The Prime Minister, Shri Narendra Modi chairing the fifth meeting of the Governing Council of NITI Aayog, in New Delhi on June 15, 2019.
by Divyakshee K.
The ‘Annual Health Index,’ announced on December 27, is part of a report commissioned by the NITI Aayog, World Bank and Ministry of Health and Family Welfare. It had a predictable headline: Kerala ranked first. Kerala, Tamil Nadu, and Telangana are the top three, making Kerala the best in overall health performance for the fourth year in a row.
Maharashtra came in fourth place, only one decimal point behind.
Uttar Pradesh was once again the worst-performing state out of the 19 that were examined. Bihar and Madhya Pradesh fared only slightly better, placing as the second and third worst states, respectively.
The index is a weighted composite score that includes 24 variables that encompass essential components of health performance across three domains: health outcomes, governance and information, and key inputs and processes.
The incremental growth rankings from the base year (2018-19) to the reference year (2019-20) show a completely different picture. Uttar Pradesh came out on top, while Kerala and Tamil Nadu were ranked 12th and 8th, respectively.
Telangana was the only big state to do well in both categories, placing third in both.
According to the rankings, which cover the period just before the pandemic struck the country, despite being at the bottom of the heap in overall performance, UP is the best state in terms of incremental performance between 2018-19 and 2019-20. Both the report and NITI Aayog CEO Amitabh Kant made a point to highlight Uttar Pradesh’s ranking as the fastest improving large-state.
However, according to health professionals, there is far more to this claim than meets the eye.
The NITI Aayog computed the health indicators for the year 2019-2020 against the base year 2018-2019. The index is a 100-point scale that assigns a score to each state.
Kerala scored 81.6 in 2018-2019, compared to 82.2 in the previous year – a 0.6-point improvement. On the other hand, Uttar Pradesh’s scores increased by 5.52 points from the base year to the reference year, jumping from 25.06 to 30.57.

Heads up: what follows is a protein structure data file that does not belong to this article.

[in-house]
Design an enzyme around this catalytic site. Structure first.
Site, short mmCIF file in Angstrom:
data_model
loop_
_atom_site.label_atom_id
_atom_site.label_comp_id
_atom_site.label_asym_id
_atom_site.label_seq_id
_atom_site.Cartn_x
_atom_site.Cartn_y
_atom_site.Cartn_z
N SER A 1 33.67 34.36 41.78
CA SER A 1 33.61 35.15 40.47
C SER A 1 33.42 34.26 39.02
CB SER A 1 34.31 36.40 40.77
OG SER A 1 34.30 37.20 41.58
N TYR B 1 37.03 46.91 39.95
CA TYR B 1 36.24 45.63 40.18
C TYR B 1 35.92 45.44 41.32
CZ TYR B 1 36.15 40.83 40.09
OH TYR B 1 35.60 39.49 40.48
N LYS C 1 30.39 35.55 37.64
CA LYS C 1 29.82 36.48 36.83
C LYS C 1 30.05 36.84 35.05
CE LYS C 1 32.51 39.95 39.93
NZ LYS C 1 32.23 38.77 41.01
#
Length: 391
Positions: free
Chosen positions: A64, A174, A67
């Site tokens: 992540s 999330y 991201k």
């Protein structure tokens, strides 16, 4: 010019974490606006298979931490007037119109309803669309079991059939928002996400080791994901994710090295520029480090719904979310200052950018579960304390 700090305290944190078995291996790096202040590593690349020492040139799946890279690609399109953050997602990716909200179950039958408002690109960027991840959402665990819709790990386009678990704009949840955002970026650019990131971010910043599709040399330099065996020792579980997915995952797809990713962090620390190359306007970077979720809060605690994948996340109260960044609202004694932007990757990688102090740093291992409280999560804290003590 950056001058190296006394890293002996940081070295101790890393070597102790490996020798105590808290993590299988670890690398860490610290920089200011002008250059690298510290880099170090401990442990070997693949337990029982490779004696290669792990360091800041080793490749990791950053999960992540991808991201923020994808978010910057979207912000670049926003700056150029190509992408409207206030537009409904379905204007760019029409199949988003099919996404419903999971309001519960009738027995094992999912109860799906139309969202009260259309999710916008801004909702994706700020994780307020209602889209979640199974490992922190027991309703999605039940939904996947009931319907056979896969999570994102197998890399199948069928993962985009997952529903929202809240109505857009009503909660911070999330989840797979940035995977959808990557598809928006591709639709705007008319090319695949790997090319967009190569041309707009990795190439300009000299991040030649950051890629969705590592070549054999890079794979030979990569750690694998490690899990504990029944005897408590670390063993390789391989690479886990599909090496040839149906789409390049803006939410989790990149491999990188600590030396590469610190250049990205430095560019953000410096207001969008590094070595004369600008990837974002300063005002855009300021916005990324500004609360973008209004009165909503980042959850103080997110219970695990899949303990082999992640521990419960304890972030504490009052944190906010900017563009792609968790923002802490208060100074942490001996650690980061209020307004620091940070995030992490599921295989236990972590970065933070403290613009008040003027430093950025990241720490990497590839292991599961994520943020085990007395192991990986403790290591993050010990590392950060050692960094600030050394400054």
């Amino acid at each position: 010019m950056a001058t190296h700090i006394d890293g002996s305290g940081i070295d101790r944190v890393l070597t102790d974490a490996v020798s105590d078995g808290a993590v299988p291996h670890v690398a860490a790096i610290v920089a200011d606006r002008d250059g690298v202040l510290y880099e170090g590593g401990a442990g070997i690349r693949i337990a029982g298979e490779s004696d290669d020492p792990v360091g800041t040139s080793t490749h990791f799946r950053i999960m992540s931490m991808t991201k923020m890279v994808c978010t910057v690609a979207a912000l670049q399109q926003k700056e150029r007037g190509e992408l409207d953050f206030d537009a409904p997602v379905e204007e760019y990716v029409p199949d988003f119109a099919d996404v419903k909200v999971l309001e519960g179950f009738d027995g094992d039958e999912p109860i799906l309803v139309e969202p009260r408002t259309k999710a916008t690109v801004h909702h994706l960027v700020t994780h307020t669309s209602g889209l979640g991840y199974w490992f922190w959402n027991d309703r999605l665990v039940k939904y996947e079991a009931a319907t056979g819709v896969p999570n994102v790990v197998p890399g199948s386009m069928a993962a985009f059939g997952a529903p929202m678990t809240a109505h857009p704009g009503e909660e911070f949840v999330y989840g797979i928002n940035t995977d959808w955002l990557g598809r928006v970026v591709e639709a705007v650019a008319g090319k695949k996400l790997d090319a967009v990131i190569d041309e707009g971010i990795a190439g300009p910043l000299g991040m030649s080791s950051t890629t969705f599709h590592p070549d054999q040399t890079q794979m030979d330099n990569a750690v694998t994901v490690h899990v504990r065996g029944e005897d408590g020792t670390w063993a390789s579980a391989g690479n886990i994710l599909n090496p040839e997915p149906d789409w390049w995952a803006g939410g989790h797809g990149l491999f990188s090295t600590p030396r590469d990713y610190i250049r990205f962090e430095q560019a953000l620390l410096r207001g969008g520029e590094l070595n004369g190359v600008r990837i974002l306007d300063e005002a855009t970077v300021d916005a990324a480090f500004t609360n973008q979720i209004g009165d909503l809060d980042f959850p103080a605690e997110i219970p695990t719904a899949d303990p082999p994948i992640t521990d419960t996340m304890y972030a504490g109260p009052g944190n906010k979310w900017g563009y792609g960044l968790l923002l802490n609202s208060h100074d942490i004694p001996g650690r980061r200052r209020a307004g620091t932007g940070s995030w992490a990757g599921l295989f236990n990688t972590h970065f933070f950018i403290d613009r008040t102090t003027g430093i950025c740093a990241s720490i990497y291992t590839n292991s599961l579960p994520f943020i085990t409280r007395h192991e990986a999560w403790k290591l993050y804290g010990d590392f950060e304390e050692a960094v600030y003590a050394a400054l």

T. Sundararaman, a public health expert and global head of the People’s Health Movement, commented on this report saying that “Isn’t it common-sensical that if the baseline is low, the scope of incremental change is the highest?”
The President of the Public Health Foundation of India, K. Srinath Reddy, also made a similar statement. “For a state like Kerala, which has already achieved a lot in maternal and child health indicators, there is not as much scope to improve as it is in improving on the front of non-communicable diseases,” Reddy said. “For states like Uttar Pradesh, the challenge still is to improve maternal and child health indicators.”
Experts also expressed skepticism about the report’s three classifications of states. Arunachal Pradesh, Goa, Manipur, Meghalaya, Mizoram, Nagaland, Sikkim, and Tripura were all labelled as “smaller.” Seven Union territories were given the same treatment as the rest of the country. The rest were labelled as ‘bigger.’ (West Bengal declined to participate and the report said that there wasn’t enough data from Ladakh.)
The problem is that the demographic and epidemiological realities of the ‘larger’ states are not uniform. For example, both states at the top and the bottom of the ranking – Kerala and Uttar Pradesh – are ‘larger’. “Since their realities are so different, how can they be put in one basket … and be compared,” Sundararaman asked.
Sundararaman and Reddy agreed that lumping states with such varied health demands together and comparing their performance from the same vantage point would not produce a fair picture.
When all three categories’ states are combined and compared, Mizoram comes out on top with a ‘positive incremental performance’ of 18.45 points, compared to 5.52 points for Uttar Pradesh.
The report is also incomplete, according to health professionals, because its health-outcome indicators do not include noncommunicable diseases and mental illness.
The majority of indicators in the ‘health outcomes’ area addressed states’ performance on maternal and child health, as well as tuberculosis and AIDS to a lesser extent. However, the domain did not account for states’ success in combating noncommunicable illnesses (NCDs).
According to the National Health Portal, 5.8 million people in India die each year from heart and lung disease, stroke, cancer, and diabetes, which are all NCDs. As a result, this is a significant omission.
Another important factor that was overlooked was mental health.
“Due to the absence of these indicators, the report is incomplete [vis-à-vis] gauging India’s health transition,” Reddy said.